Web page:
I plan to go back to explore more, but I got a great taste of the history, beauty, and culture in my short visit – not to mention reacquainting myself with Spanish from my poor attempts to communicate.


Going into my trip, the plan was to stick to the west side of the island: a day or two in Havana to get my bearings, then head to Playa Giron – not where I stayed (see below) because research can be wrong and the town that’s supposed to be on the water may not have any beaches or businesses – and finish out in Vinales before ending back in Havana to fly out. I had 8 days for the trip and I didn’t want to be racing from one place to the next. Many travelers I met along the way were traversing the island over the course of a month or two, reiterating why you should check your detailed itinerary at the door. Have an outline but embrace the adventure and let go.


Necessary Preparation

  • Get your tourist visa. Everyone needs this, but the U.S. puts deep restrictions on your visit, so you need to be able to fit your visit into one of the twelve approved categories. The U.S. can audit you up to five years post visit, just like the IRS can audit your tax returns, so be sure to keep tabs on why you’re there and what you’re doing. Learn more from the State Department or this easier to understand site (no need to purchase services from the site, they just break it down clearly). You can buy your visa from the airline. The airline doesn’t check compliance, so be sure you plan accordingly. You can also go with a curated trip or cruise and the company will cross t’s and dot i’s for you.

  • Bring and budget your cash. There’s poor infrastructure to support WiFi and cellular, let alone credit card or bank card machines. Pre-plan your activities and spending to ensure you have cash. Exchange a little at a time to only pay fees on what you will need. Adding another layer to the cash, U.S. dollars receive a lovely 10 percent fee for exchange. If you have the time to order other currencies from your bank, I recommend doing so. It will save you some money in the long run and it is worth the advance planning. I ordered Euros since I know I’ll spend those abroad even if it wasn’t on this trip.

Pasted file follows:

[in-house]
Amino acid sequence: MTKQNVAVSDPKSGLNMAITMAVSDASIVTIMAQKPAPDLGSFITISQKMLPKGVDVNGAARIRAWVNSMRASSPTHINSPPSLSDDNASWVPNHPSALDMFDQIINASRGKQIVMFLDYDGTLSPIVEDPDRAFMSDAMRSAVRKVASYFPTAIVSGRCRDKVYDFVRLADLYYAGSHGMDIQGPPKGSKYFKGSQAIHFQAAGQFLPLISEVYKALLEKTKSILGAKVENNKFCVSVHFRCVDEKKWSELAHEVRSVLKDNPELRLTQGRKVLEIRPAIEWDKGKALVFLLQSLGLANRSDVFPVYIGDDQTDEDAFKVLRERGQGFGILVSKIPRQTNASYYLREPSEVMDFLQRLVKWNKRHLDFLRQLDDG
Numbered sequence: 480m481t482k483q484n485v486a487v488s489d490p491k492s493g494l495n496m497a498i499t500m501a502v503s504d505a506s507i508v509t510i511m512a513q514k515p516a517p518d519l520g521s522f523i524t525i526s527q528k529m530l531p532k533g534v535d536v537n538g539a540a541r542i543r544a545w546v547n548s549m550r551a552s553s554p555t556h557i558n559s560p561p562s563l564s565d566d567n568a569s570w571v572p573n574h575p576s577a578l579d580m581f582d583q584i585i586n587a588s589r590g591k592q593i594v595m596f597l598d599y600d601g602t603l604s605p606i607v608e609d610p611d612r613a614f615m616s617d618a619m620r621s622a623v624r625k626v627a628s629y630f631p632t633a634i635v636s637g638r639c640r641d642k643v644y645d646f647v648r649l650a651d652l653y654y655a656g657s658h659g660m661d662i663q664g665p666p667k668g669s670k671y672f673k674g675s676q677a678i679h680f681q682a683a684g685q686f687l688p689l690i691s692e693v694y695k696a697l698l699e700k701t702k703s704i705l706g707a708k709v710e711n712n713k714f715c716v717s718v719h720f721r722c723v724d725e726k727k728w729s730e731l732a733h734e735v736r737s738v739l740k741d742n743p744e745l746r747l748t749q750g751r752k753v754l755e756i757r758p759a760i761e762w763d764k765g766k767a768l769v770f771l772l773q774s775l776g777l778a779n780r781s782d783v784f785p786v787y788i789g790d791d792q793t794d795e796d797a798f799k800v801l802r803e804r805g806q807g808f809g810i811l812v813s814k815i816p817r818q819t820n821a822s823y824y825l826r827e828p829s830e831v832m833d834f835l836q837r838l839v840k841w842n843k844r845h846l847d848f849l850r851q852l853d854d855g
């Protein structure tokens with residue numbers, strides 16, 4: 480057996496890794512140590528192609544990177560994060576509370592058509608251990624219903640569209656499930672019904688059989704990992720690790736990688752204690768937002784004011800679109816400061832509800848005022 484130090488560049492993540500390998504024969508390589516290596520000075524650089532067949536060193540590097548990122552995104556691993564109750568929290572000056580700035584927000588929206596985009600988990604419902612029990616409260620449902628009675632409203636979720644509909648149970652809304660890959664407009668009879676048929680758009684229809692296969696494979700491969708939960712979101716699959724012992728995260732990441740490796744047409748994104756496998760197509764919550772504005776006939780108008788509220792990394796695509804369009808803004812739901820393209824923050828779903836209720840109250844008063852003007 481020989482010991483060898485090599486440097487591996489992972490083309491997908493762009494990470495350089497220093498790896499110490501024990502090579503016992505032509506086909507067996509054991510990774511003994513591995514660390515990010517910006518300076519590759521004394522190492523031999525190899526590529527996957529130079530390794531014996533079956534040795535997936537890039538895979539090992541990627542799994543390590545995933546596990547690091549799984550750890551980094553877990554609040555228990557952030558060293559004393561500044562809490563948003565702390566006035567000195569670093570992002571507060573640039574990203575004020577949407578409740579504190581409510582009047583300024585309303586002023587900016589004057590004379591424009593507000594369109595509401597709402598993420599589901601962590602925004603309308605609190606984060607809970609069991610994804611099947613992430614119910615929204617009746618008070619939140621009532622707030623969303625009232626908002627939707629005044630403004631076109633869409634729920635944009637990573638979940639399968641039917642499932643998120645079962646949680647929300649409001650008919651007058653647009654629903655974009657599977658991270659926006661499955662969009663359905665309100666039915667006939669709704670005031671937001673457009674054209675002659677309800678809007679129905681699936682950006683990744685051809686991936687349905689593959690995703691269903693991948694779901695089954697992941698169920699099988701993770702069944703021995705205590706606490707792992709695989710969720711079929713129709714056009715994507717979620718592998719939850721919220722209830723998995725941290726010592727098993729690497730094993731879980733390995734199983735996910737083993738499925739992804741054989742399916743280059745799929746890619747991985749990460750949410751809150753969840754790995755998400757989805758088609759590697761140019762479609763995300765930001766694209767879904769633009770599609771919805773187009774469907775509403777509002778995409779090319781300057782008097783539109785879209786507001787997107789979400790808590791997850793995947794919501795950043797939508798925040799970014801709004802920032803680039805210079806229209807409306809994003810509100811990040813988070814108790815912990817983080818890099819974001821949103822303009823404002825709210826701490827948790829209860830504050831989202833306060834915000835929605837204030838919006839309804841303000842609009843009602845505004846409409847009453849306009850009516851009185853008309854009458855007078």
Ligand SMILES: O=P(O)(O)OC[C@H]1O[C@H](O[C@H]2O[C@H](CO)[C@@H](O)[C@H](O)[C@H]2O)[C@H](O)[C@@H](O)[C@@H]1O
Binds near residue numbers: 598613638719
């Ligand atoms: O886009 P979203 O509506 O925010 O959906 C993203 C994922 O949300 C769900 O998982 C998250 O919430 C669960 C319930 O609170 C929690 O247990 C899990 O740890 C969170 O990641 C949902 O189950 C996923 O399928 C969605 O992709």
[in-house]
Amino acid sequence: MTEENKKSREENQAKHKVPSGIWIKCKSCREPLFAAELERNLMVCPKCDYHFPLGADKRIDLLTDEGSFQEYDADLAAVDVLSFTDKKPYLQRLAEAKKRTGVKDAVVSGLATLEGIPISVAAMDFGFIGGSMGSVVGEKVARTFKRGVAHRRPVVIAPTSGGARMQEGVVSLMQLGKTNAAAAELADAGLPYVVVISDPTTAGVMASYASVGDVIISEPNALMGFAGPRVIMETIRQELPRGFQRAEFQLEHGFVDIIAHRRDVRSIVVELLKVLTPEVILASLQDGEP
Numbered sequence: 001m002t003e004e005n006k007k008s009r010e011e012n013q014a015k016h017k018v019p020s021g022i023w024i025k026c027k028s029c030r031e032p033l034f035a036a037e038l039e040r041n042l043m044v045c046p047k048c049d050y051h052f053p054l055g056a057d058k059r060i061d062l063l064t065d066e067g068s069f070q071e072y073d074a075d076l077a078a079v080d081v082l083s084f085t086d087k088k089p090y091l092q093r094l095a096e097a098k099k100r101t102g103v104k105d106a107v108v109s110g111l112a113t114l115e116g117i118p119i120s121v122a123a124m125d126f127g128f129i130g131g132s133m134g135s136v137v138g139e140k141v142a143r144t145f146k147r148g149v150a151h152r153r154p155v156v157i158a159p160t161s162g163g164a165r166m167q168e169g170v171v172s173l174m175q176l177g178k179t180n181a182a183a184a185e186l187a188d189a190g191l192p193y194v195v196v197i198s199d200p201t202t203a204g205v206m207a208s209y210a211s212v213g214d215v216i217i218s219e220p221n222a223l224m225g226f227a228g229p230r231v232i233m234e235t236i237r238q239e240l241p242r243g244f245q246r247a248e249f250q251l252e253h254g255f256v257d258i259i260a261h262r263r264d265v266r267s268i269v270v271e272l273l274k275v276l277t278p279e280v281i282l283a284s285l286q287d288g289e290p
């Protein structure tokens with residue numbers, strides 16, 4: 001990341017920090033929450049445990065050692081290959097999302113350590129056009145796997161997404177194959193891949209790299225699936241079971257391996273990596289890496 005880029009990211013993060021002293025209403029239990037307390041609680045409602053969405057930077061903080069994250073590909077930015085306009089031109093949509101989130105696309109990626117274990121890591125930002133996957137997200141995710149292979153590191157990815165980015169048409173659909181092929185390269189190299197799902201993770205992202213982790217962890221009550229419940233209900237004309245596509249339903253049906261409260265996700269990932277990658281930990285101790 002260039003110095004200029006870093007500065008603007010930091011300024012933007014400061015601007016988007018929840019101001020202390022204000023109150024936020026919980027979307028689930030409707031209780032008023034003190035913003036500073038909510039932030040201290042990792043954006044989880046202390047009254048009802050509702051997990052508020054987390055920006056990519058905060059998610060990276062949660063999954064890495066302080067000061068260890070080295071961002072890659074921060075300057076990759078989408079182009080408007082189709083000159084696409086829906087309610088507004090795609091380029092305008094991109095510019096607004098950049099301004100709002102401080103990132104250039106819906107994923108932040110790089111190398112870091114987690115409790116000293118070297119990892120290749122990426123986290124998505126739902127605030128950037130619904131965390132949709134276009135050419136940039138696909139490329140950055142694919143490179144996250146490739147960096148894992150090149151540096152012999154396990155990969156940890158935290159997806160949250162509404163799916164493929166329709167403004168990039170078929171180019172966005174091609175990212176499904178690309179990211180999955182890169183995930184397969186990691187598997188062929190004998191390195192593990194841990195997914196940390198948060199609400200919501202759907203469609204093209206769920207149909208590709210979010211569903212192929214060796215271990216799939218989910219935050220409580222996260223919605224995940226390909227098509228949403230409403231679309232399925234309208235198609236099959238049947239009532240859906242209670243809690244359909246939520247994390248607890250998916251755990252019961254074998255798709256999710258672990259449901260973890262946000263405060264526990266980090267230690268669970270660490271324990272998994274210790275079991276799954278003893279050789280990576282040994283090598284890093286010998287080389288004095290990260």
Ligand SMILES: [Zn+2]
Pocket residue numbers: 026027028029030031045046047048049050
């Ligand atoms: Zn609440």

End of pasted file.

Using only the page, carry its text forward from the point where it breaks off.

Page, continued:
Once you’ve gotten your flights, visas, and cash, you’re ready to go! If you’re traveling with 1-3 people, hopping from city to city or region to region is pretty easy on your own.

Also, if you have a family and want to go to a single location, it’s fairly easy to arrange.


Personally, I love driving in other countries and generally rent a car to do so anywhere I travel, including the Middle East as a single woman – it only became legal a couple years ago – but I refuse to do so in Cuba. Police are strict and one wrong move can land you with steep fines or worse in jail with no extradition. If you’re from outside the U.S. and want to read up, Frommer’s summarizes well but as an American you cannot rent from a state run agency (violates those pesky visas), so just pay for the taxi.


Though I thrive on adventure travel, I wouldn’t recommend that for a family. If you want to visit various areas of Cuba with kids, especially small children under 6, I would use a tour company or other service. Though I appreciate the spontaneous escapades more, I don’t have to keep track of more than myself. Using the service will give you peace of mind and fun activities with others in a contained group - just be sure to talk to the locals and engage with the culture. You won’t regret it. If you’re bringing small children, BYOCS – bring your own car seat. The taxis will not have items like this.


(Editor's note: BYOCS sounds intimidating with 25-30-pound seats you won't want to lug all over Cuba, or even the airport for that matter. Check out this model from Cosco that only weighs 6 pounds and is travel-friendly.)


The U.S. has released additional travel restrictions as of June 5, 2019, so it won’t be as easy to get flights, and trip services need extra vetting. Though it’s a bit tougher now that the new restrictions are in place preventing cruises and the “People to People” visas, it’s not impossible.


If you’re using a service company, check to ensure your choice of company is focused on education and you’ll still fall under one of the twelve acceptable visas. There will probably be fewer flights direct from the US, but you can go through Canada or Mexico since they have more frequent options.


Learn more about the restrictions and how to travel while still complying through a these resources:

https://www.npr.org/2019/06/04/729825471/trump-administration-clamps-down-on-travel-to-cuba-bans-cruise-ships

https://amp.usatoday.com/amp/1350691001

https://www.treasury.gov/resource-center/sanctions/Programs/Documents/cuba_faqs_new.pdf

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Born on O‘ahu, Chelsea is a self-professed travel junkie based in Manhattan. When she's not trotting the globe, Chelsea serves as a technical account manager, consultant and corporate trainer. She is additionally the co-founder of the Messy Bun Empire, a consultuing business launching soon. Chelsea's wanderlust passion has taken her to 36 countries, 42 states, 4/7 man-made world wonders and one natural world wonder. Her favorite destinations thus far have been Cuba and Jordan; her dream destinations include completing her list of world wonders, Antartica, Bolivia, Patagonia, the Brazilian rainforest and Lebanon. Follow her on IG @talesofmissadventure.